Do we really want to tell our people to FIGHT an active shooter?

Through more than 15 years of working with companies and organizations of all sizes, I’ve seen the kind of soul searching this question can trigger.  And in light of the recent workplace shootings we’ve all been shocked and saddened to hear about, we find ourselves wrestling with that reality once again.  Research clearly documents the critical importance of training for life-threatening situations.  The fact is, the more you’ve thought about what you’d do when your life is in danger – that is, thinking about potential situations in advance – the less likely you are to freeze in that critical moment.  That means you’re less likely to let life-preserving response options slip away -- options that can literally disappear second-by-second.     


The truth is, people DO have a better chance of surviving Extreme Violence IF they’ve had enough training to learn and understand the importance of preparation and forethought.  We also know this can be “scary” information for employees to absorb and think about.  But given the realities of our time, I believe that, even if organizational leadership would prefer not to think about training for situations like an Active Shooter, they also recognize the unfortunate need to help their employees be prepared for the unthinkable… wherever and however that might happen.  And sadly, with every new incident, it becomes harder to imagine that employees aren’t already thinking (and worrying) about situations like these.  


As co-developer of some the earliest and most prominent guidance for dealing with Extreme Violence, we’ve taken 15 years’ worth of feedback and experience to create effective response language and guidance that’s specifically designed to reflect the sum total of those insights.  So, instead of merely “RUN - HIDE - FIGHT,” we’re advocating verbiage that’s still easy to remember, but better reflects the need for flexible, individual response options when considering the volatile dynamics that typically happen inside Extreme Violence events.  So... 


If you can... GET OUT…  

GET OUT in any way you can, because “RUN” may not always be the best, immediate option. 

If you can’t get out then... GET SAFE…  

GET SAFE in any way you can, because “HIDE” may not always be possible in the moment.  AND, sometimes, trying to stay hidden can actually be more dangerous.  You MUST keep reassessing the situation and adapt to changes and threats as they emerge.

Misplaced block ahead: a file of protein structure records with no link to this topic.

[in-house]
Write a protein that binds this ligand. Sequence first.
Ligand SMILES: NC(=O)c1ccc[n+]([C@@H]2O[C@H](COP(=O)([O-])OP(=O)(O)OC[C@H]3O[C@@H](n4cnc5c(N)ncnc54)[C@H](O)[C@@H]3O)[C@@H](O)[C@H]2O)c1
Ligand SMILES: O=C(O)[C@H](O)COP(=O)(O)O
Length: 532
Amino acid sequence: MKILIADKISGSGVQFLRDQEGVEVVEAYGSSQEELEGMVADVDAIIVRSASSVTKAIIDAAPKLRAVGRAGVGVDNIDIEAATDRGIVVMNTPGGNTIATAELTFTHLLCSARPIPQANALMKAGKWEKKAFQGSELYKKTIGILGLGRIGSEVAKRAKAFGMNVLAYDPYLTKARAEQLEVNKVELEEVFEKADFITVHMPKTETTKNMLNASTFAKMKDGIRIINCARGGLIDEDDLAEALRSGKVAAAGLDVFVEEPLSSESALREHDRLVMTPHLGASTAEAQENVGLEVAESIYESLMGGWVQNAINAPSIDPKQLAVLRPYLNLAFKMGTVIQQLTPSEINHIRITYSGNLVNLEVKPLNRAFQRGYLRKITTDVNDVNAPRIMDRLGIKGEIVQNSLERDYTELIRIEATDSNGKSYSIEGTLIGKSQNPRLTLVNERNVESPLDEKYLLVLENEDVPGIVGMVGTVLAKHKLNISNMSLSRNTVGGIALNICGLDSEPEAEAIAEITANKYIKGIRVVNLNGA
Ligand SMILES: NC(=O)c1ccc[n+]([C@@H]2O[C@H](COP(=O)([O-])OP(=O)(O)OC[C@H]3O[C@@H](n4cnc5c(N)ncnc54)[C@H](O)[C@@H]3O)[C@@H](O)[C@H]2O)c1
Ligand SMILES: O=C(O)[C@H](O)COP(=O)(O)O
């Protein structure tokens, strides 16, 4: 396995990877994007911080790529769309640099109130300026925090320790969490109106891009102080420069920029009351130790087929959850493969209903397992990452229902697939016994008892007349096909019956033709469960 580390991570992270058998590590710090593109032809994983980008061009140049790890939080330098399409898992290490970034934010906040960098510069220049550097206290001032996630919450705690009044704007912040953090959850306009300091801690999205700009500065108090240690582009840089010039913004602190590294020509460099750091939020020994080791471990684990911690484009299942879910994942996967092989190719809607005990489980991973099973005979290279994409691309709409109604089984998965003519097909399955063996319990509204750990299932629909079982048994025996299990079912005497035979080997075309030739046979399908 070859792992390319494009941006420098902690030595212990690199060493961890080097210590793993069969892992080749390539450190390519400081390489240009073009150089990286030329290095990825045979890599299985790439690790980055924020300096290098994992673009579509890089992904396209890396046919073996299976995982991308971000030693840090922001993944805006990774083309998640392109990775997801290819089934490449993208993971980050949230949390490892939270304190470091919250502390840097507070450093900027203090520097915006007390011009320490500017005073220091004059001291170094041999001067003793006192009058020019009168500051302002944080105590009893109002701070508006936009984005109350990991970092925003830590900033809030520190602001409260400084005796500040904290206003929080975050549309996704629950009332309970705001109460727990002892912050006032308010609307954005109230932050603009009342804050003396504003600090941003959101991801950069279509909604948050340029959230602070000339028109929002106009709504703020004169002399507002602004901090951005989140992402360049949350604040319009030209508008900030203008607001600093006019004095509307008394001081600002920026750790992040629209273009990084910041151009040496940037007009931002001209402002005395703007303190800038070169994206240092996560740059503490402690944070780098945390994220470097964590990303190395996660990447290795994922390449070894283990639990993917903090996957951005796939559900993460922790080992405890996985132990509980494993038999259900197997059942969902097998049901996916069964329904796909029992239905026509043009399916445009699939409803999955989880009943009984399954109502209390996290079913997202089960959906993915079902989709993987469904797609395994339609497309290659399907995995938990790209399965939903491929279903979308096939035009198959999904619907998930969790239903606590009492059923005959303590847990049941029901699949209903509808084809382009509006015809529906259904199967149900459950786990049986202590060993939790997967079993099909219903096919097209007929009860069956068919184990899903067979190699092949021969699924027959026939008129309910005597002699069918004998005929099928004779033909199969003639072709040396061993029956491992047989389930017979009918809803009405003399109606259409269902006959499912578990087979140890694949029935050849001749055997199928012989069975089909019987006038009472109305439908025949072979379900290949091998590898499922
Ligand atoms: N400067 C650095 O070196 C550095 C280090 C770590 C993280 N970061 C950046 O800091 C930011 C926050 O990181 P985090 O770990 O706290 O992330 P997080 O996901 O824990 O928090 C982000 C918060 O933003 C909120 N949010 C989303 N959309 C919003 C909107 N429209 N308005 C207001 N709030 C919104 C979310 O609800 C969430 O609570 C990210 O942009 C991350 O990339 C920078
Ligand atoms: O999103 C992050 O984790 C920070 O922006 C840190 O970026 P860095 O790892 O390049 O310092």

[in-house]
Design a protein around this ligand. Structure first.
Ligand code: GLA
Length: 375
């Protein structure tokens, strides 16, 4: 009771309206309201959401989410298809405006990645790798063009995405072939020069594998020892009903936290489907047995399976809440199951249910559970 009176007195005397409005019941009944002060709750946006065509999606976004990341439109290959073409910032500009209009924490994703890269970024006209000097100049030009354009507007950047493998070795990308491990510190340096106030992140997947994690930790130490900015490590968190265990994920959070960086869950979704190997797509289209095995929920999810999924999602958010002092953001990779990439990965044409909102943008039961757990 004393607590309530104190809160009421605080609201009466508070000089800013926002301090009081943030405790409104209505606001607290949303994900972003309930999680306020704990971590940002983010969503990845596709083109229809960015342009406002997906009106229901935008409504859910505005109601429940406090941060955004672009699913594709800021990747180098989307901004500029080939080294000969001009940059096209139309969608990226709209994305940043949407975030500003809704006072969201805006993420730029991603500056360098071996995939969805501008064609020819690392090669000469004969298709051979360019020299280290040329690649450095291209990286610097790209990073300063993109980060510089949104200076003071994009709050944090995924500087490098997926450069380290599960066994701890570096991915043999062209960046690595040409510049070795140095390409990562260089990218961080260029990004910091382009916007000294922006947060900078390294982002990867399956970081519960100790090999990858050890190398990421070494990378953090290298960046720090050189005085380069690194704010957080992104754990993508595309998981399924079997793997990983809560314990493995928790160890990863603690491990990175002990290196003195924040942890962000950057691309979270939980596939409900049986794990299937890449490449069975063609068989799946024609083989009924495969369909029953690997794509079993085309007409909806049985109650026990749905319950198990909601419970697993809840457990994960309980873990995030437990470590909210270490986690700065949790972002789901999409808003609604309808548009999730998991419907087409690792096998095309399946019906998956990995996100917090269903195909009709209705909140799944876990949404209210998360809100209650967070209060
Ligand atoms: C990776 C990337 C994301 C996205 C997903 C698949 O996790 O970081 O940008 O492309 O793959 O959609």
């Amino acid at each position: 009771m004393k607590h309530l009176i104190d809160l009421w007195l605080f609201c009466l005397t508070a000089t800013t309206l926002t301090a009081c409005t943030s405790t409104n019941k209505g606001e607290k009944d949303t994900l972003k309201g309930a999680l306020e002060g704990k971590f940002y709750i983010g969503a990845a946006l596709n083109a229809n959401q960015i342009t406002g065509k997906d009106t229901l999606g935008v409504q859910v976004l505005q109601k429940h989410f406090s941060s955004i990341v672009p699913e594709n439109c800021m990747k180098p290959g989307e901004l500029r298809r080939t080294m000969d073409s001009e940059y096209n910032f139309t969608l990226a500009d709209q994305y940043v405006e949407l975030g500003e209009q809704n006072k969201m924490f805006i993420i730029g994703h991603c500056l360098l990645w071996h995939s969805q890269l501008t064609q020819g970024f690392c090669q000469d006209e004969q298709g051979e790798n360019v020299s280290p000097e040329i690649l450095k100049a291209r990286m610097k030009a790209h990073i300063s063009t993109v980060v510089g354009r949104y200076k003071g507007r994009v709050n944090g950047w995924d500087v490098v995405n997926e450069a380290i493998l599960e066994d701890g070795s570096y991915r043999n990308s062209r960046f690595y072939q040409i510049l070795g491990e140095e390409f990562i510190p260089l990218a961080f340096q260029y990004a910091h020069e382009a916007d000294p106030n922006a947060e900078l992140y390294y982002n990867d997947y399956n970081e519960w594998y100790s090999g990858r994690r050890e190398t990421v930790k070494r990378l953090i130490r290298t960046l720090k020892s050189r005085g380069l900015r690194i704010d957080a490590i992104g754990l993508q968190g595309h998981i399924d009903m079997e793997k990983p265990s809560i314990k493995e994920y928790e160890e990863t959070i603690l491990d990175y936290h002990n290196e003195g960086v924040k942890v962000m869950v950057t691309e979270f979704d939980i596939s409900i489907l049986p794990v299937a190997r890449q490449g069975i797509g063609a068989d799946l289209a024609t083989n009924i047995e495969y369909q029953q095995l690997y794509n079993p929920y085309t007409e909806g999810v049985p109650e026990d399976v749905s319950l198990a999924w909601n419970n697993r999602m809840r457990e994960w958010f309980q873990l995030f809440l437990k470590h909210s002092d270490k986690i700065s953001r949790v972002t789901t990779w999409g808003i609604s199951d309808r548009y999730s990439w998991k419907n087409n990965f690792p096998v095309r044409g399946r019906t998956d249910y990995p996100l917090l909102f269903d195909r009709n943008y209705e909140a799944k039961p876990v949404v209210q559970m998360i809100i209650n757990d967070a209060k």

Finally, if you have to, GET TOUGH… 

This is a highly personal decision, but GET TOUGH means doing anything necessary to preserve your life. 

GET TOUGH also encourages people to remember they’re NOT automatically helpless in a life-threatening situation.  And, unlike “FIGHT,” which can imply a SINGULAR response of direct, physical conflict, GET TOUGH broadens the range of confrontational response options, but without omitting immediate and direct physical engagement.  GET TOUGH is also language that blends more readily with most organizational cultures; it’s firm without being overbearing.  In essence, GET TOUGH delivers a difficult and real response option to life-threatening violence, but in a way that’s broad-ranged, feasible, and inherently practical. 


No one likes to think about scenarios like an active shooter event, and fortunately, most of us will never have to face one.  But it’s our hope that the guidance above can give you clarity about what you can do in a crisis moment, as well as give you the mental permission to take decisive and appropriate action when you know you should.  We hope that’s both empowering and hope-filled. 


Heart and Courage, 


James Sporleder has more than 25 years' experience in the security industry. With a unique background in specialized captivity survival, James has trained thousands of US military personnel from one of the most elite units in the US Department of Defense. He’s worked in the corporate arena for more than 17 years, focusing on the development and implementation of specialized training programs and helping more than 50 percent of the Fortune 100 prepare for and respond to emerging challenges related to workplace violence, intimate partner violence, and extreme violence such as active shooter.


Helpful Training Solutions:

 We encourage you to view the trailer (2:00) of our program, GETTING REAL About Workplace Violence, which addresses Workplace Violence Prevention and Extreme Violence Response and is now additionally available as separate video modules for Enterprise Licensing solutions.